Without question, the most important task in any database development is the proper definition of the data model. It is important for the proper fast execution of queries in the database, and goes a long way to defining the business model which underlies the data. No matter what database manager you use, defining the data model properly is job 1.
There are five main rules of data normalization. They all have to do with eliminating redundant and inconsistent data in the design of the table structure
We begin with a listing of characteristics of a membership list which includes, members, their employers, their employers' addresses, and children.
We say this data is not normalized because we have not applied any of the normalization rules to it yet. Look at the columns kid1, and kid2. It would be inconvenient to add another column in case one of the members decided to enlarge his/her family. So we will in the first rule decide to combine the kid columns.
First Normal Form
In addition to annexing the kid fields, we need to set a unique identifier for each record, so that if another member named Rob joins we can identify him. When we apply the rules of the First Normal Form the result is with the following table:
Second Normal Form
Annex the kid values to a second table, and add a column in that table to relate to the members table. That way, if anyone's family grows, we just need to add another record to the kid table, which relates to the member table- hence the term, relational database. Use the primary key value to relate these fields:
Now we have two tables: members and kids, and keys in each. The foreign key relUserId is used in the kids table to relate the kids to their parents.
However, when we want to add another employee of an existing company, there is duplication with the company name and address.
Third Normal Form
Our Company Name and Address have nothing to do with the User Id, so they should have their own Company Id. These fields relate to the company.
Annex the companies and their addresses to a separate table, add unique key fields (compId), and use the fierign key relCompId in the members table to relate those members to their company.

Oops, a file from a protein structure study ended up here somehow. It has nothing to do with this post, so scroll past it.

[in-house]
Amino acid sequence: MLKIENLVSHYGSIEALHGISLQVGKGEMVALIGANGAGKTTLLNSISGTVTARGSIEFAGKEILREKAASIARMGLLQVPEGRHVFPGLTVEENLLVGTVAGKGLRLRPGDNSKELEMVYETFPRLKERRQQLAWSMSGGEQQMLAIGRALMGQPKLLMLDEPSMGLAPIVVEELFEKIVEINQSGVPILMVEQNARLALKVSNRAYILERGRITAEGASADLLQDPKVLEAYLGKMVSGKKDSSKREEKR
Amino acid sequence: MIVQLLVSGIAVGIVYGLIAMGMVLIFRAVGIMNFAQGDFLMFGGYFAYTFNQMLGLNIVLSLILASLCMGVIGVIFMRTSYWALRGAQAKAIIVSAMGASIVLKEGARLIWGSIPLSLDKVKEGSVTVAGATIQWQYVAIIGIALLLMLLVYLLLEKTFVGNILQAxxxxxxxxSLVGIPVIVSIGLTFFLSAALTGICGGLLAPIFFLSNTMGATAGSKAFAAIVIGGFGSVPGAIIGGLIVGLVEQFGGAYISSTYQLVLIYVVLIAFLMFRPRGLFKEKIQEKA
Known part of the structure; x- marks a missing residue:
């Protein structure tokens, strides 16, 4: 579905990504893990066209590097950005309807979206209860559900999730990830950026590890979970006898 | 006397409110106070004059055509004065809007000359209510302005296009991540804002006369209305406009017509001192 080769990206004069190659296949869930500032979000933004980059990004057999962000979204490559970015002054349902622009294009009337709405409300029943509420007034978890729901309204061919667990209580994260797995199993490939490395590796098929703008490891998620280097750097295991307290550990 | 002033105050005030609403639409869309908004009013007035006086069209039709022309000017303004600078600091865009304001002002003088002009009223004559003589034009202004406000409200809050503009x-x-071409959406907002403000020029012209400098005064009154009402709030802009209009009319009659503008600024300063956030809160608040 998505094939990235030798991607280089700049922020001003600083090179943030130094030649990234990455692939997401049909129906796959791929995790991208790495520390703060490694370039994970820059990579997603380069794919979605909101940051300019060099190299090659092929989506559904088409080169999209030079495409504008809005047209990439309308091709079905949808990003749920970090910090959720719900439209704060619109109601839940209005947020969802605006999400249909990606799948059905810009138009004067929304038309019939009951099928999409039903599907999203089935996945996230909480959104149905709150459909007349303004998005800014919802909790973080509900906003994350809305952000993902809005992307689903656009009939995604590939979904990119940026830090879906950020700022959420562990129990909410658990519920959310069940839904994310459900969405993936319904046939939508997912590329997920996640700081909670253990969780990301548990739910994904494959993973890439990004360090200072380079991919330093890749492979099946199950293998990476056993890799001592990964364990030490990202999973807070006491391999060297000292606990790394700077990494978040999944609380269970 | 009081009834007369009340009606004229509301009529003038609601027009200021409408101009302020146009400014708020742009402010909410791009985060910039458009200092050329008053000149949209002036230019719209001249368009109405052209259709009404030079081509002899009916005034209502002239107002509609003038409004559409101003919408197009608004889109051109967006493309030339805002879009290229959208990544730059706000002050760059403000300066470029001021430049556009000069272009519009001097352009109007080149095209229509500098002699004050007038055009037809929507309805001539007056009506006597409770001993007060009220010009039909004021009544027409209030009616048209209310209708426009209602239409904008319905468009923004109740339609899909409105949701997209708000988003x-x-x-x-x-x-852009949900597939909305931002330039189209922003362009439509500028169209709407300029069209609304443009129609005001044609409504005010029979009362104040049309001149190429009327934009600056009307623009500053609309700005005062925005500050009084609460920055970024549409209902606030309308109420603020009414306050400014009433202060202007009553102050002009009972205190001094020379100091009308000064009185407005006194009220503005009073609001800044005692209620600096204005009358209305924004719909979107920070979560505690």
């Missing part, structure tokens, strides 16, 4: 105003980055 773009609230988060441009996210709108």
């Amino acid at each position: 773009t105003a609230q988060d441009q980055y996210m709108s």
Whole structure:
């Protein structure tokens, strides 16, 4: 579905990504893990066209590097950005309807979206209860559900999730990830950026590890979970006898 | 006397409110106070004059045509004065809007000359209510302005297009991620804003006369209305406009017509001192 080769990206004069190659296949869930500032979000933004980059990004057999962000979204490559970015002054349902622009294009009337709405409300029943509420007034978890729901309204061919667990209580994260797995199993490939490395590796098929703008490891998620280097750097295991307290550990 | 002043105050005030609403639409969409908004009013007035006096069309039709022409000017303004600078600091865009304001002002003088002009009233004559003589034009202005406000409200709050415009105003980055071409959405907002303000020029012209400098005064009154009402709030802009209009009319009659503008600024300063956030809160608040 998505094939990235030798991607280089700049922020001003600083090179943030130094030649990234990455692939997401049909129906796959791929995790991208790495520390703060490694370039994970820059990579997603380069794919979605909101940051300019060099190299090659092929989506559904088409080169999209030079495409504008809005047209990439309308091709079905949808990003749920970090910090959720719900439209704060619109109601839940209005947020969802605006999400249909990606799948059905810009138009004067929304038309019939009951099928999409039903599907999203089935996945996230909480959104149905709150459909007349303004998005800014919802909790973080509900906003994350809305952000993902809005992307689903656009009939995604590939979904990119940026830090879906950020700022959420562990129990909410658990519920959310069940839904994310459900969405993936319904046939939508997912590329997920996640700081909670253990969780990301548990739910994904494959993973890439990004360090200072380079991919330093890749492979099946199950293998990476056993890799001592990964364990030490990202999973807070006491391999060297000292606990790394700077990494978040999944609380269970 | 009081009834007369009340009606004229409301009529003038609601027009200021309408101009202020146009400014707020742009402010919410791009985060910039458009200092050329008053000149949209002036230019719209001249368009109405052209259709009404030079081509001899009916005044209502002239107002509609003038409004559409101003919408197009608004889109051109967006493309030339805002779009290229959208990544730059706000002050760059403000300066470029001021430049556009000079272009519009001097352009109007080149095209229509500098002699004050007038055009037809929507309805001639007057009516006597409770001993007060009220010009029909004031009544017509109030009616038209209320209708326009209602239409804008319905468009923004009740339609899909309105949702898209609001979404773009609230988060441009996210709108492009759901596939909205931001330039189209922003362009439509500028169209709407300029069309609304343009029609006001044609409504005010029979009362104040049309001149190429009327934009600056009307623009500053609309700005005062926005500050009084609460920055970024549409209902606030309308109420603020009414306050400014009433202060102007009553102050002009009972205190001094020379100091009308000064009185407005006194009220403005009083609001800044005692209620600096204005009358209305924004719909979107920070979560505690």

Coincidently, Rob and Carol have kids with the same names. We could also make a table of possible kids' names, just as we did for the companies.
In some cases this would be 'OK', but in cases where the universe of names is small, it would be preferable to normalize it as well.
There are three basic data relationships: one-to-one, one-to-many, and many-to-many. If each company had one and only one address, we could make a table for each and link them, creating a one-to-one relationship.
The relationship of the kids to the members is a one-to-many relationship, there each member can have several kids
In our Third Normal Form example we have one user related to many kids. Now, we want to change that structure to allow many members to be related to many kids, and thus we want a many-to-many relationship.
To minimize the duplication of data, now there is a table which contains only keys and foreign keys: the kid-relations table.
Fourth Normal Form
Sometimes this rule is disregarded because it applies only to many-to-many relationships..
To give an example, we can select all of Rob's kids by invoking the following SQL statement:
SELECT name, kid FROM members, kids, kid_relations WHERE kid_relations.relatedUserId = 1 AND members.userId = 1 AND kids.kidId = kid_relations.relatedKidId
Fifth Normal Form
The final form or normalization is a check on the deconstruction. It ensures that there have been no additional unnecessary fields or tables created
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